OPINION: Preserving Dearborn Park School’s Dual Language Program

by Lisa Gascon, Monica Martinez and Kristy Shapcott

Dearborn Park International School (DPIS) is a vibrant and welcoming place. Our school resides in one of the most diverse zip codes in the country. Our children not only belong to a close-knit circle of families and friends, they are also part of a broader community, rich in its diversity of ethnicities, backgrounds, languages and cultures. The dual language immersion program is the thread weaving together the tapestry of the DPIS community.

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Indigenous Activists Lead Environmental Protests to 44 Area Branches of Chase Bank

story and photos by Alex Garland

According to Alec Connon, an environmental activist with 350 Seattle, “JP Morgan Chase is the largest funder of fossil fuels in the world, with $196 billion invested in the fossil fuel industry” since 2015. The company’s investments contradict CEO Jamie Dimon’s statements that he disagrees with Trump’s decision to remove the United States from the Paris Climate Agreement.

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THIS WEEK IN SOUTH SEATTLE—C-ID Happy Hour Food Walk, Diversity Checklist Cabaret, and more!

by Emerald Staff

Editor’s note: We’ve updated our format for THIS WEEKEND IN SOUTH SEATTLE (TWISS) and given it a new name! Actually, it’s just the old name with three fewer letters. “THIS *WEEK* IN SOUTH SEATTLE” (still TWISS) is just like its predecessor but now includes events happening all week long in and around the South End.

Wed., April 17th:

Community Night with Sendai Era

“Sendai Era is a Seattle based music duo comprised of emcee Era and producer Sendai Mike. Every week they write a song and make a video inspired by the stories of people in our community. For their April 17th video, they would love to invite all of our amazing community members to participate in a community video shoot in collaboration with the Malaya Movement at Eastern Cafe.

“Check out one of their videos here.”

Time: 7–9 PM
Where: Eastern Cafe — 510 Maynard Ave S.
Cost: Free to attend

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Q&A: Shaina Shepherd Organizes Nina Simone Tribute Show

by Jacob Uitti

Seattle’s Shaina Shepherd has a voice that shatters walls. Its power, dynamics, and fortitude put the Big Bad Wolf to shame. But in the last year or two, Shepherd has learned her skill resides in more than just her pipes.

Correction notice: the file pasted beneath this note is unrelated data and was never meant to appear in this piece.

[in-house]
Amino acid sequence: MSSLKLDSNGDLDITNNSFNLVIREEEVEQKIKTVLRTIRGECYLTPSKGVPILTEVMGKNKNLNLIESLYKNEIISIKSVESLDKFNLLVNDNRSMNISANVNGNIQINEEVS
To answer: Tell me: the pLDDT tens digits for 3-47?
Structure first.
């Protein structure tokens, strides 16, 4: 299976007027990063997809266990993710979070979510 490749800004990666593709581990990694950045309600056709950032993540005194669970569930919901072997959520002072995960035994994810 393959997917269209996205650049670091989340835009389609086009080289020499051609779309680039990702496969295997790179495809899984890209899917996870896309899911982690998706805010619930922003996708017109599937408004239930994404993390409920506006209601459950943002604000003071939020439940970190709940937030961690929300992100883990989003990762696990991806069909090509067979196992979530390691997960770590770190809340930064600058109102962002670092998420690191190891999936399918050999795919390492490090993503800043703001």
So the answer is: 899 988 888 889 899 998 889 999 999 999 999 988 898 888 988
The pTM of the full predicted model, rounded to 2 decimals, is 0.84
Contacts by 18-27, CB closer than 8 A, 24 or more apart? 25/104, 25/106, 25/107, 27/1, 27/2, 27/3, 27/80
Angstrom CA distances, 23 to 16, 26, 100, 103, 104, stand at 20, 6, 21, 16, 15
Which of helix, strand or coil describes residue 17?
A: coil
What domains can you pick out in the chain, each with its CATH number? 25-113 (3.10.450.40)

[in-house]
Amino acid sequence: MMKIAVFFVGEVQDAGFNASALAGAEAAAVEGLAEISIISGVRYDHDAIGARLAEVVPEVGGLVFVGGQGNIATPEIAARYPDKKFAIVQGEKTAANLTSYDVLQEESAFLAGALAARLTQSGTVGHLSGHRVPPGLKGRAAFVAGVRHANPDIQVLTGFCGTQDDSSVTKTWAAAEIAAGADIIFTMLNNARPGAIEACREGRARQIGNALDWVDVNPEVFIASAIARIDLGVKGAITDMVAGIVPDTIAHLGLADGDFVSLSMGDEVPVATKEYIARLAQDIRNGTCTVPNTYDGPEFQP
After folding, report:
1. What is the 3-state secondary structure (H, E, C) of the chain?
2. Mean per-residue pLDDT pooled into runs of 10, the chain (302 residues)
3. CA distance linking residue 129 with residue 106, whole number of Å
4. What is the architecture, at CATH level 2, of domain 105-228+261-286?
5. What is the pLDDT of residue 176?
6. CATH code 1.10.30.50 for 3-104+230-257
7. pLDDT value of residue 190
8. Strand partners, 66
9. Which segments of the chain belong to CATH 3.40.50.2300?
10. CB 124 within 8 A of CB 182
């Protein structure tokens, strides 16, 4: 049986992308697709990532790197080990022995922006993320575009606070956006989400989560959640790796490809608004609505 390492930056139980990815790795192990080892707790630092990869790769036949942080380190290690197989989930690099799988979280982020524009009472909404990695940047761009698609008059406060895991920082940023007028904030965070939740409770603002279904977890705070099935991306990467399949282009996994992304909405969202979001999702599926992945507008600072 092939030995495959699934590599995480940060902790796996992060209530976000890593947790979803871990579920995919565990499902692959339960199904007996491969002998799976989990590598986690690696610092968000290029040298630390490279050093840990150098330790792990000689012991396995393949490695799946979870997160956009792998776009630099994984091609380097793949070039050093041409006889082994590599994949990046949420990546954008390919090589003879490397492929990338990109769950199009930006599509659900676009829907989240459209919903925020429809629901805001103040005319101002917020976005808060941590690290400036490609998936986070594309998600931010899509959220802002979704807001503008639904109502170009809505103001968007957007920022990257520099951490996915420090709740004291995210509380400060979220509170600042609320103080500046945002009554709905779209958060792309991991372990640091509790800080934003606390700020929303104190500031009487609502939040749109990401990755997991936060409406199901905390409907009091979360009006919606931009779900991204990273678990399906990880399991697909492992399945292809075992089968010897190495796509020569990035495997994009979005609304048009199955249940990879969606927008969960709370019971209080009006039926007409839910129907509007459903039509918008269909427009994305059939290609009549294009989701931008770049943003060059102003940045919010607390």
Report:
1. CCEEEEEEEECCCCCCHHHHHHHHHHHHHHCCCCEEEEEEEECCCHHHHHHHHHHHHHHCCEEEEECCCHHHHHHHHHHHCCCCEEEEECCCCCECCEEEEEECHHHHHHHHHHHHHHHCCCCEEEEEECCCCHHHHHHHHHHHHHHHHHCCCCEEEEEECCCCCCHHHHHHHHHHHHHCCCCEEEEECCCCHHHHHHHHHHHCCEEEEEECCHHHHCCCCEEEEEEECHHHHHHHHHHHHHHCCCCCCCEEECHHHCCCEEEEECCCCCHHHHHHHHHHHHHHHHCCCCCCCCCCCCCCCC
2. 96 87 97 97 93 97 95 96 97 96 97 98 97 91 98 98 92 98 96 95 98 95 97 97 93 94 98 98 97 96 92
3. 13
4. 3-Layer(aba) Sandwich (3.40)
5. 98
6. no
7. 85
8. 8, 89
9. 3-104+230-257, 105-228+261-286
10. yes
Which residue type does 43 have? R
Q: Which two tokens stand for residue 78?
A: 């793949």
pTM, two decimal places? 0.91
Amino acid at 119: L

She’s recently stepped into the role of artistic organizer and South End creative beacon. And her latest project is a tribute show at April 20 at the Royal Room dedicated to the late, great Nina Simone.

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OPINION Now is the Time to Stand in Solidarity on Affirmative Action

by Sam Cho, Board of Directors, Asian Pacific Americans for Civic Empowerment (APACE) and Commissioner with the Commission on Asian Pacific American Affairs (CAPAA)

History is repeating itself on affirmative action. Except this time it feels different. Perhaps it’s because of the national attention around the lawsuit against Harvard. Or maybe it’s because Washington State is wrestling with its own version of the debate around the repeal of Initiative 200, that ended affirmative action in Washington in 1998. But once again, the discourse around affirmative action has been hijacked to be about how race-conscious policies are hurting Asian Americans.

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That Brown Girl Cooks, Caters, and Now Owns

by Rosalind Brazel

The Liberty Bank Building is the first ever black-owned bank west of the Mississippi. It’s now the heart of South Seattle’s revitalization and a beacon for the community. It’s in this building that Kristi Brown will make her first run at owning a brick and mortar.

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OPINION: Grief and Hope at the End of the World

Extinction Rebellion Hosts Climate Change Rally April 15

by Julia Buck

When I wake up, I think about climate change. The thought crushes me; I cannot get up out of bed. I wonder whether our earth has 12 years, or only 10, or if maybe the tipping point has already passed and it’s all over but for the screaming. I might lay there 15 minutes. I might lay there two hours. But either way, I can’t get up with my alarm.

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